(3) bilateral optic atrophy of characteristic type showing principally a loss of the caeco-central projection (“papillomacular bundle”) of retinal nerve fibres.
A total of 1715 students were examined across the three schools of whom 109 (6.4%) were flagged as having visual acuity of 6/9 or worse for both eyes. Fifty nine (54.1%) of 109 flagged students were examined by the senior ophthalmologist. The remaining 50 flagged students were absent from school on each of the subsequent days the senior ophthalmologist visited.
Nine definite cases of bilateral optic neuropathy were found among the 59 flagged cases examined. It is not known how many cases were present among the 50 flagged students who did not reattend. We believe disease occurrence among the 50 flagged cases not examined by the ophthalmologist is likely to be similar to that among the 59 flagged cases who were examined, as is more fully discussed below. Based on this assumption, the overall prevalence of disease among the schoolchildren is 1.0% (95% CI 0.5–1.4%).
There was no difference in disease prevalence between boys and girls, among the three schools, or among the various residential areas from which the children originated. Table 1 shows clinical details of the nine cases of optic neuropathy. All had unequivocal bilateral optic atrophy on funduscopy, and one also had symptoms suggestive of peripheral neuropathy.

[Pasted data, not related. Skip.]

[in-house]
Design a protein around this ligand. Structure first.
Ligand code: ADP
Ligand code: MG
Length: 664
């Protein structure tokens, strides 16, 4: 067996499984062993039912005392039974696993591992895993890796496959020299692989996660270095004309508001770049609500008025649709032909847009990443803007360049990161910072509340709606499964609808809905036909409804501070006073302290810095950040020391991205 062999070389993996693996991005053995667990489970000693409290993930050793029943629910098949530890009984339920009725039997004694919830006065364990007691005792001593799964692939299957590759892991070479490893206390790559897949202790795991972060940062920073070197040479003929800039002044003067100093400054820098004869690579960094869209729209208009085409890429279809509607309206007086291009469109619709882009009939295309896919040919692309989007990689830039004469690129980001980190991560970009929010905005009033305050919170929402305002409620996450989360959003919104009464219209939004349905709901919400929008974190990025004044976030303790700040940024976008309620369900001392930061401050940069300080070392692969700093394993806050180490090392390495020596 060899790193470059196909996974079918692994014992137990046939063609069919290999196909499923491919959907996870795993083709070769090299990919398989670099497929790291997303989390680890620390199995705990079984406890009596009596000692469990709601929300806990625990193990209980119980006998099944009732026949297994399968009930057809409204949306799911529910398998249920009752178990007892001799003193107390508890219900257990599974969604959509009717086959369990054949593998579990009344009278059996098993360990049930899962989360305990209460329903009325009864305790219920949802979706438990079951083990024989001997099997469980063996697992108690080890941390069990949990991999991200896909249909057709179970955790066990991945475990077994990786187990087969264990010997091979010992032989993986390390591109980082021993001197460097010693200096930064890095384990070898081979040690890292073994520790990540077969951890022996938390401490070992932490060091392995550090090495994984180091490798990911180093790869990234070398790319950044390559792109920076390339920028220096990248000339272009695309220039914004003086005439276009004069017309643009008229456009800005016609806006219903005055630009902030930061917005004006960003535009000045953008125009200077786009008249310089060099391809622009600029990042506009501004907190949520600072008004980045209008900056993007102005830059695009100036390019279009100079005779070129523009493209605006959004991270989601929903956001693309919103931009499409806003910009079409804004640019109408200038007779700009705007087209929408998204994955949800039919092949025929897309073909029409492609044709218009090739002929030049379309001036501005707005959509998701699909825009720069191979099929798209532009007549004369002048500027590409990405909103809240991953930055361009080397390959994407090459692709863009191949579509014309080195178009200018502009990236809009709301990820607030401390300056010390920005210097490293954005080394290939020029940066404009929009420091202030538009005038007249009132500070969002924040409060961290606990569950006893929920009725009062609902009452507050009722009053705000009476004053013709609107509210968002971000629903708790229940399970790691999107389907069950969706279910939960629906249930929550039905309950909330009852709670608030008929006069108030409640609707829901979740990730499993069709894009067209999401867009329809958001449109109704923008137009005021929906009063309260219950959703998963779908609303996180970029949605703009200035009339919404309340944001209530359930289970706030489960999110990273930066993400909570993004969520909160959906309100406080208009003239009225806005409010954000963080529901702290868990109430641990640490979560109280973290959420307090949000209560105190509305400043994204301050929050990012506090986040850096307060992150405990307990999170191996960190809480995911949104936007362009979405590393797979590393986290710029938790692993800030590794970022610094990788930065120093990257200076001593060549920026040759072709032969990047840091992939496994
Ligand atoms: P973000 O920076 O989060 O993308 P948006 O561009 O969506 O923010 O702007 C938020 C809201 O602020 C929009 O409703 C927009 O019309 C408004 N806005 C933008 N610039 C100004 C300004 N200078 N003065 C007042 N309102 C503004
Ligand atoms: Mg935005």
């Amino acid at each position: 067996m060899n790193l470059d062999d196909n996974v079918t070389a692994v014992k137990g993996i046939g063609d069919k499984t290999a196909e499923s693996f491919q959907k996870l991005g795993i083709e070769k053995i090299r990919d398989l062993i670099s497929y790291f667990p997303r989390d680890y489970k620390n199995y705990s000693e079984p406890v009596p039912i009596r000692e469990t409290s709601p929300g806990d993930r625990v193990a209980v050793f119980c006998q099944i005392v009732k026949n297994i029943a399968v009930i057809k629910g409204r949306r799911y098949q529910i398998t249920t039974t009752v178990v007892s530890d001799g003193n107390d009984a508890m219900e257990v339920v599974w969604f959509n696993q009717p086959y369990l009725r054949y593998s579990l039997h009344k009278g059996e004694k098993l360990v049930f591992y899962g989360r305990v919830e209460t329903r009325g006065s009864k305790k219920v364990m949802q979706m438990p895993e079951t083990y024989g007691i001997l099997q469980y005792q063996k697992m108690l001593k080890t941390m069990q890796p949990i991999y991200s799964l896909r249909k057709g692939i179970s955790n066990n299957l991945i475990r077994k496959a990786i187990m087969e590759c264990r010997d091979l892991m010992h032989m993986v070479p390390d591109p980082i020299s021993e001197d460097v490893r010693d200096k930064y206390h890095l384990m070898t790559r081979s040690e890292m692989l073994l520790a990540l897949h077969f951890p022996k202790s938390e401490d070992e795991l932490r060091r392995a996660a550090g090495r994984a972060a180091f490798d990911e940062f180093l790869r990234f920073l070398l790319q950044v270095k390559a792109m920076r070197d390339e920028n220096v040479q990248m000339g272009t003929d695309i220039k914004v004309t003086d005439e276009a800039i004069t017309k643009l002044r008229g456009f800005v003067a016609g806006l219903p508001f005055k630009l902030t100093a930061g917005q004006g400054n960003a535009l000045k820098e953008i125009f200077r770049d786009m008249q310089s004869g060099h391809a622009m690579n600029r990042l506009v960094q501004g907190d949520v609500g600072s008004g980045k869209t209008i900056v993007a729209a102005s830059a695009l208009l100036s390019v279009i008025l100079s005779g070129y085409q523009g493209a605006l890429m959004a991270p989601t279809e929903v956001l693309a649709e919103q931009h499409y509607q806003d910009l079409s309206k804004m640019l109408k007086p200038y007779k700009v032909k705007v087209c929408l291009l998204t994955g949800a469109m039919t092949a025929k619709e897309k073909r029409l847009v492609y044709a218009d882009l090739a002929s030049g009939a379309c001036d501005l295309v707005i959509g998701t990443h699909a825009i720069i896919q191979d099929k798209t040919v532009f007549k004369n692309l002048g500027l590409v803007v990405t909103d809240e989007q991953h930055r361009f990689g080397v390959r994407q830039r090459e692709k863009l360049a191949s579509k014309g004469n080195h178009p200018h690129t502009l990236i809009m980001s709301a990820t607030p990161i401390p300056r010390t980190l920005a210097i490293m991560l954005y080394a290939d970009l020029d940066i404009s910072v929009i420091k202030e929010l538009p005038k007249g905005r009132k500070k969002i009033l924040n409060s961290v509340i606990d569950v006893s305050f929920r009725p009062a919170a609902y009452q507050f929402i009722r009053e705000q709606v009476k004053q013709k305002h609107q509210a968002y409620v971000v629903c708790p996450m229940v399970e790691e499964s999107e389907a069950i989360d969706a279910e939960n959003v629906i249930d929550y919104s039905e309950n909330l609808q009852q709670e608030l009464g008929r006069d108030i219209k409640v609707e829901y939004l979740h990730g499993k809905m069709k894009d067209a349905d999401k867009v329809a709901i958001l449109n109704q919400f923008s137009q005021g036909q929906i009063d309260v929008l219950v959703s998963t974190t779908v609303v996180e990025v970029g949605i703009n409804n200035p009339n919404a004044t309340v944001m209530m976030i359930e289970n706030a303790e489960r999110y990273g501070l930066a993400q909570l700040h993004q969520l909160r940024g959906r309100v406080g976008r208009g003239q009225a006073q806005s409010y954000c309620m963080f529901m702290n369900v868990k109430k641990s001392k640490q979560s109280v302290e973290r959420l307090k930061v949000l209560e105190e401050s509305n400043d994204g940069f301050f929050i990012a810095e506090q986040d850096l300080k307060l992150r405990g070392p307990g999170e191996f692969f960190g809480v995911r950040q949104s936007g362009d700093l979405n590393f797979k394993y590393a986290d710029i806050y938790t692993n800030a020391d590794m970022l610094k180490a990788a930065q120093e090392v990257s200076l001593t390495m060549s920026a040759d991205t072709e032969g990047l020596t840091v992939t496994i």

Two cases reported hearing impairment. It was not possible to undertake audiometric assessment. However, audiometry on clinic based cases has indicated that two thirds of cases with sensorineural hearing impairment (20+ dB broad frequency loss) do not self report a hearing problem. A higher proportion of these children may have hearing loss than is suggested by self reporting.
The estimated population of Dar es Salaam was 3.0 million in 1996, of which 17% were aged 10–16. Applying the prevalence finding of 1.0% to this population suggests that around 5000 children aged 10–16 (95% CI 2600–7300) in the city may have optic neuropathy.